Almost three years after the terrible fire which partially destroyed Notre-Dame de Paris, Monsignor Patrick Chauvet, dean of the cathedral, looks back on the path traveled since, in a book entitled “In the heart of Notre-Dame”, published this Thursday . , March 10 at Éditions Plon.
An intimate story in which the one who has never left Notre Dame de Paris, whether after a fire or during a pandemic, evokes the relationship he has with the building, addressing topics such as friendship , silence and of course faith.
He speaks of a “rebirth”, that of the cathedral but also of his own: the high priest was usually used to addressing the crowd which, for months, was not confined to silence but to celebration. of his offices in front of empty pews.
“What a long road, what adventures, what patience”, warns Monsignor Patrick Chauvet, who intends to take up the challenge “to reopen all this fundamental anchor point, this central point from which symbolically emanate the influence, the influence and the hopes from France. ” .
A path strewn with pitfalls, while originally, the reconstruction of Notre-Dame Cathedral was unblocked by the architectural revolution. « Renovation projects […] Sometimes the extravagance came to my office, ”recalls the dean of the cathedral in his book. “And why are there no spas in churches and picnics for rollerbladers,” he jokes.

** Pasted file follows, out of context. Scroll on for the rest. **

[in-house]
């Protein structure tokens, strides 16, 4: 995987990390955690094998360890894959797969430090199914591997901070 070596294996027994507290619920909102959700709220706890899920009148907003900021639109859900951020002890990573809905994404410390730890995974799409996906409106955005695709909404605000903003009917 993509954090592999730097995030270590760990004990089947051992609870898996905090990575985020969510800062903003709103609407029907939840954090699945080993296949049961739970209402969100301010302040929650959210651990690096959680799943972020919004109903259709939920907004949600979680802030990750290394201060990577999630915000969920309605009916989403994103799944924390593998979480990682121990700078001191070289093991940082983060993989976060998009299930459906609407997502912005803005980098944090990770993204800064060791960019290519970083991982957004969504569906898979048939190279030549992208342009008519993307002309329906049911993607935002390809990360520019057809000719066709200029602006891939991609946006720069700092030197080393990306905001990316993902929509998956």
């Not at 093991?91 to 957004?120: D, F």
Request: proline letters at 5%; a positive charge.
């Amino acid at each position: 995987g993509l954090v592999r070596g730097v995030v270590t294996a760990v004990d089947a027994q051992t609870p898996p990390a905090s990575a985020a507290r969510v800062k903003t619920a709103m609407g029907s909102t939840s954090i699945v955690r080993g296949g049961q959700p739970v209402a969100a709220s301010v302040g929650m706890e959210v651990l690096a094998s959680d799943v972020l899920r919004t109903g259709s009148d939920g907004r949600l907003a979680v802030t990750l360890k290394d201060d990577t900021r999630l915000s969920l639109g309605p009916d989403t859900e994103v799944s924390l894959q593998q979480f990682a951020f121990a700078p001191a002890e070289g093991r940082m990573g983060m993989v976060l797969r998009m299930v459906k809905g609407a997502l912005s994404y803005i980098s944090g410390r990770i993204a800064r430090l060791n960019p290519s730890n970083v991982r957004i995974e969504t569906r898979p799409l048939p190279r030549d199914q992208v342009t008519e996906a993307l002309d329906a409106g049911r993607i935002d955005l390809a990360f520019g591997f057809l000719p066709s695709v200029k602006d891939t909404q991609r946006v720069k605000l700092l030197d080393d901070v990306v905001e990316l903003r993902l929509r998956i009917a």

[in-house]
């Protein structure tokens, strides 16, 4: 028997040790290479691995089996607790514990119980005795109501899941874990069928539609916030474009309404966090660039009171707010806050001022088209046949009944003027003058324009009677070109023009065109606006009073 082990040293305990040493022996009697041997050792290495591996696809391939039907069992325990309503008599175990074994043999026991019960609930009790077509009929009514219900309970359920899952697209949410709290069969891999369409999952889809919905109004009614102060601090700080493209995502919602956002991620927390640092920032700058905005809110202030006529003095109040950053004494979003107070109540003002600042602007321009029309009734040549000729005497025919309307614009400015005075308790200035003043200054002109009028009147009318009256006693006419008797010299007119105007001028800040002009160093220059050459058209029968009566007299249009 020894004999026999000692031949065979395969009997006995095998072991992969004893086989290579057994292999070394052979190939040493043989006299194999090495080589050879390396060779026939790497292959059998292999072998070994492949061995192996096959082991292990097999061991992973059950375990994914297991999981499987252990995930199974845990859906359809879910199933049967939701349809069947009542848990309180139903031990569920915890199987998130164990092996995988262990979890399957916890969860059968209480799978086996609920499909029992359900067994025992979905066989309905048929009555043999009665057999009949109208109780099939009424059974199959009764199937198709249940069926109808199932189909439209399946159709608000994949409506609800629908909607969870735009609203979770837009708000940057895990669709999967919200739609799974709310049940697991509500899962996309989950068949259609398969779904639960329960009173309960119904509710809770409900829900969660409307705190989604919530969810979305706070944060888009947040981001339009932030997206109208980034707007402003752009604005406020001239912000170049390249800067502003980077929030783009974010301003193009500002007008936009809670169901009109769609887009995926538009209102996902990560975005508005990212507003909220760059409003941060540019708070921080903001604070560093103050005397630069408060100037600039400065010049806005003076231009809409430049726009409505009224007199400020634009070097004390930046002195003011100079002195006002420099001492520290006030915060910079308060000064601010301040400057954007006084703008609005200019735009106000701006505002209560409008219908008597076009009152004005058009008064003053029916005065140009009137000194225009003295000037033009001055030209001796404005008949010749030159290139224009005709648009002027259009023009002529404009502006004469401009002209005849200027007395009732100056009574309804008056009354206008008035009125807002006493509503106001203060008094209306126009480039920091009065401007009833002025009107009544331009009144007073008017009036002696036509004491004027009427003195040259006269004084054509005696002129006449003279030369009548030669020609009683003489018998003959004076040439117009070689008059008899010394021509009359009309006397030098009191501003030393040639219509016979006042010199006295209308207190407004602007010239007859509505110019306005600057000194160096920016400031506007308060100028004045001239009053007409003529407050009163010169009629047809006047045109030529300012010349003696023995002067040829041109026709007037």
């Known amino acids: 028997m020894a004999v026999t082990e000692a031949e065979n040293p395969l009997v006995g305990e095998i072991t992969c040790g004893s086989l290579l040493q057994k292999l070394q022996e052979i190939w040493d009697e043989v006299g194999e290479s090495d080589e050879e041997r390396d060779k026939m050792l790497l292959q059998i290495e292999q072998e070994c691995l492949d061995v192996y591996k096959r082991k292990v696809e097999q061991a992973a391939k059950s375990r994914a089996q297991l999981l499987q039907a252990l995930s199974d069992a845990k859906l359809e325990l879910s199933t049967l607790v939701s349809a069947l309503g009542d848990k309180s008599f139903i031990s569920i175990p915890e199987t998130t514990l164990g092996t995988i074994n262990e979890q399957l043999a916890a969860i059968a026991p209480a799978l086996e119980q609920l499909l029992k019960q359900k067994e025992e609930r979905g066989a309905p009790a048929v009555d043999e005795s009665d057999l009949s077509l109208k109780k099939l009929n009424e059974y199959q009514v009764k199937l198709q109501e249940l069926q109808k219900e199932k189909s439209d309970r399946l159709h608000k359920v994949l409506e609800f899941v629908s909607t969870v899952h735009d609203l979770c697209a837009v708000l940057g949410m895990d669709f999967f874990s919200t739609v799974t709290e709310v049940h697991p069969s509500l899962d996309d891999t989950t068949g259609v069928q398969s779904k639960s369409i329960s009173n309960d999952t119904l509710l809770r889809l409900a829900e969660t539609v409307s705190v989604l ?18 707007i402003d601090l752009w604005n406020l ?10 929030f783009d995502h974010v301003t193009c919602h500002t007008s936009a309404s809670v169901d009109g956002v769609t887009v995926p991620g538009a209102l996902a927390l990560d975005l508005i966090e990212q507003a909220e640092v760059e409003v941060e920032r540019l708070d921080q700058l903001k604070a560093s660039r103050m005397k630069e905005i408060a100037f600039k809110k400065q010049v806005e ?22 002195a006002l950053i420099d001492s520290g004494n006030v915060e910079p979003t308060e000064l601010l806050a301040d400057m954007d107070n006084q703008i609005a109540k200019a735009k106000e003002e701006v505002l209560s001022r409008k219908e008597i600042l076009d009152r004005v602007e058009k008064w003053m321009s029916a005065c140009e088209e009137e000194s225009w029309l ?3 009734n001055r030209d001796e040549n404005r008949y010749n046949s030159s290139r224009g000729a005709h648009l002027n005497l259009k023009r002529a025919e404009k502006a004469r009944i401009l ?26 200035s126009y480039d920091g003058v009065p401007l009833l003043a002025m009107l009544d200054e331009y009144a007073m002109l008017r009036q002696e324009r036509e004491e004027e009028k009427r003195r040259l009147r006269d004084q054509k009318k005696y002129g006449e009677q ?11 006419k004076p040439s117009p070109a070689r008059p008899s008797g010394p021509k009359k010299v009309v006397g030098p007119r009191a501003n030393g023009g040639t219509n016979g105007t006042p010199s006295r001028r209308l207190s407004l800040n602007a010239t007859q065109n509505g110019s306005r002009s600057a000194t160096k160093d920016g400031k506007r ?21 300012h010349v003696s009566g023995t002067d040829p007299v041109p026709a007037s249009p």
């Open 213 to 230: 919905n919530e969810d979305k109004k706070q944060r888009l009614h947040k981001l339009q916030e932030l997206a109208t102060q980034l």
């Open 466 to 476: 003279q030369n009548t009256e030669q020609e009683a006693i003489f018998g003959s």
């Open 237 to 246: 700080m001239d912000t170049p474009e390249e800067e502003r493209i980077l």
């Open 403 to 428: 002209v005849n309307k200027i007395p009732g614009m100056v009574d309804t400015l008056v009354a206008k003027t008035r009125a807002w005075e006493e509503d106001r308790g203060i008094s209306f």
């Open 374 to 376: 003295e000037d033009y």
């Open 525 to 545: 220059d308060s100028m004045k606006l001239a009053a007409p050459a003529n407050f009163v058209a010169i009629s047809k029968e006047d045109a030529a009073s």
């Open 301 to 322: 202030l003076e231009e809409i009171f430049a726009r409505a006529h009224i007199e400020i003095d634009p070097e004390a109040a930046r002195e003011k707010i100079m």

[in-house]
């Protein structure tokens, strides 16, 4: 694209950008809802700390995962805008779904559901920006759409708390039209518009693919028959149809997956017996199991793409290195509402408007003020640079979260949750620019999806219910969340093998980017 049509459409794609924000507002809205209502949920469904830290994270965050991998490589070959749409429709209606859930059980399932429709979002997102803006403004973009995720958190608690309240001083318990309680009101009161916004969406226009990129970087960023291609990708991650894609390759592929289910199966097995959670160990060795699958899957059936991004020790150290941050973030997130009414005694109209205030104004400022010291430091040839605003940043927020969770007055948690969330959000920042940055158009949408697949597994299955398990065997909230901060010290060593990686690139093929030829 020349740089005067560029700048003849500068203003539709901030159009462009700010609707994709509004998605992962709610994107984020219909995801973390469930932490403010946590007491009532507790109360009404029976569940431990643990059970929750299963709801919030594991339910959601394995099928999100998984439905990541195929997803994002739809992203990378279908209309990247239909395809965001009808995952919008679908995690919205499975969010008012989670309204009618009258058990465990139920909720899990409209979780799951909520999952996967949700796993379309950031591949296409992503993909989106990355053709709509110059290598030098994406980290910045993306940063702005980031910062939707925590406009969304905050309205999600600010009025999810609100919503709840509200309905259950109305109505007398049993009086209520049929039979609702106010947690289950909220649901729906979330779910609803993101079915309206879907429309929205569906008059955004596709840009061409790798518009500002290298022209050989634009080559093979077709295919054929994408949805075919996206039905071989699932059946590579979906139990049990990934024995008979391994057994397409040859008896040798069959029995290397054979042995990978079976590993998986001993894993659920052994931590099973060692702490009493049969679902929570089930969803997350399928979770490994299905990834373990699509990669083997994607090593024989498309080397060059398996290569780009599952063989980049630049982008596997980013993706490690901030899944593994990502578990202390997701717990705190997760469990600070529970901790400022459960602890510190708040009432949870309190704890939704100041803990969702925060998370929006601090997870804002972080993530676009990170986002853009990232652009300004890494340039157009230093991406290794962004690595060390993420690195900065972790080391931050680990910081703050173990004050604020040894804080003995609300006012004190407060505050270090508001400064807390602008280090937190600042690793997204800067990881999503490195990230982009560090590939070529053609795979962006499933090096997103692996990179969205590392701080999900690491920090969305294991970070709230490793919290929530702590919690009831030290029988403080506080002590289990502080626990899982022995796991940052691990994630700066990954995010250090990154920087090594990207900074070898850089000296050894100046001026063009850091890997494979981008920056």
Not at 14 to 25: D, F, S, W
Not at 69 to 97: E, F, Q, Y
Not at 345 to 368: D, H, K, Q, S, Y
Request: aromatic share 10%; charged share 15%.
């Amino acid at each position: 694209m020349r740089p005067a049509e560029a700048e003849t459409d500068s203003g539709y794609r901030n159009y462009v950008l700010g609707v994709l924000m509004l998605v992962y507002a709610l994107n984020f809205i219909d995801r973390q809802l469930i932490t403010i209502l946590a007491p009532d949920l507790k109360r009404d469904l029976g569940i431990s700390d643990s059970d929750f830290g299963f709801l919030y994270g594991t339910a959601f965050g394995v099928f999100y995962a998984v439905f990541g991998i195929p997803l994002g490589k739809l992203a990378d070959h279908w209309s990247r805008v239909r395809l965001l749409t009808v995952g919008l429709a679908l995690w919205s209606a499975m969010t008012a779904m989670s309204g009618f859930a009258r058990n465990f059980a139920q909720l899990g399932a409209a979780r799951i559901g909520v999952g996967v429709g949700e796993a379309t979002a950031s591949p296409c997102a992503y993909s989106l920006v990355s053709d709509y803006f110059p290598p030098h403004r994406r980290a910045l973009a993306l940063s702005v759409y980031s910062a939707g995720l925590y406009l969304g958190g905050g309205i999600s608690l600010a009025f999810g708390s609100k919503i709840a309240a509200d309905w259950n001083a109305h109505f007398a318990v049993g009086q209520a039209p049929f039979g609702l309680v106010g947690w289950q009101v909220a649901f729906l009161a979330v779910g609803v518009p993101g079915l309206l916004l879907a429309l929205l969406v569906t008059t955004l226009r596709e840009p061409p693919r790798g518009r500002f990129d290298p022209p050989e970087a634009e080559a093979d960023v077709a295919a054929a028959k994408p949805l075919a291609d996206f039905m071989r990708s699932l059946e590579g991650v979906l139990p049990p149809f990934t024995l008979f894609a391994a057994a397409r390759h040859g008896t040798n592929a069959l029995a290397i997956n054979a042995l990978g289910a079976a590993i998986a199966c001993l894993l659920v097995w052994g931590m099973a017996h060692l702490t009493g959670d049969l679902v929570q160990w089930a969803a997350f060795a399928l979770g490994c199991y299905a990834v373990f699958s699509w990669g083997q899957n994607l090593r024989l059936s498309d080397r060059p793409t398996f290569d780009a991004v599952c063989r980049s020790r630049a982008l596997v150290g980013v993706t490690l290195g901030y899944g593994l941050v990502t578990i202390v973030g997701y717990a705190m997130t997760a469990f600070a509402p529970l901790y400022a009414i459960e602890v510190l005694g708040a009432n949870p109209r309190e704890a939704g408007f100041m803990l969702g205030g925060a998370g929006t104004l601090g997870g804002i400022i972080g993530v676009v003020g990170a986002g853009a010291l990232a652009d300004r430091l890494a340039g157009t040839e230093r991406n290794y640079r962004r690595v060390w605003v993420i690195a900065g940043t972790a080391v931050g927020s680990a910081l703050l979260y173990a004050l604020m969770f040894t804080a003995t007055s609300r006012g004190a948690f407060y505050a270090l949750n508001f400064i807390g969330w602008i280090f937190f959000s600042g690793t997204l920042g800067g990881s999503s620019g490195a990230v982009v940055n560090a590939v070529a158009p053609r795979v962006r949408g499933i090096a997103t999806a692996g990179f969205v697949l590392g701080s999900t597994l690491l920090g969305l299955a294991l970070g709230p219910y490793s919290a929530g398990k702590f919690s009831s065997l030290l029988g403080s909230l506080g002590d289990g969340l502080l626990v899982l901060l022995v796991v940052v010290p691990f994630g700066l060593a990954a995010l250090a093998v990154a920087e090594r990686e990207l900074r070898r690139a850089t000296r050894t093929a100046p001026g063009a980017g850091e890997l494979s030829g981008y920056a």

“I entrusted all these projects to a historic monument engineer who was choking and tearing his hair out,” he said. Finally, it was the President of the Republic, Emmanuel Macron, who put an end to the controversy, by taking an official decision in July 2020 to rebuild Notre-Dame de Paris identically, as the Scientific Council said. .
Indeed, Bishop Patrick Chauvet lists the major projects already launched as part of the restoration of Notre-Dame de Paris, foremost among which is the Return of Grand-Mai, “this unique collection of works of French painting from the 17th century . […] which must find a place in the great nave”, but also the restoration of the small chapels in ambulatory which you will find, according to the rector of the cathedral, “also a chandelier”.
The same goes for the stained glass windows, also called grisailles, which do not undergo any fire and which “once cleaned, will let this light pass through without perfume”, assures the caretaker. Finally, “the completely destroyed furniture will no doubt be reworked to create a more visible cathedral for the archbishop”, he warns.
According to him, the vaults will be rebuilt symmetrically, just like the tower. The statues at the base of the tower, weighed eight days before the fire, have been restored and are waiting impatiently to be found, in particular the one representing Viollet-le-Duc in person.
“To spice up Notre-Dame”
Monsignor Patrick Chauvet affirms that if the reception of the cathedral is also to be reviewed, so that the memorial can better accommodate 12 million visitors per year and avoid long queues, it is indisputable to make a museum of it. The main thing is to make Notre Dame splendid, if only out of respect [les] Lots of donors.
“What a long way to go”, he still congratulated himself. And to conclude: “We find our cathedral as we love it, with this youth and this beauty that will survive the centuries.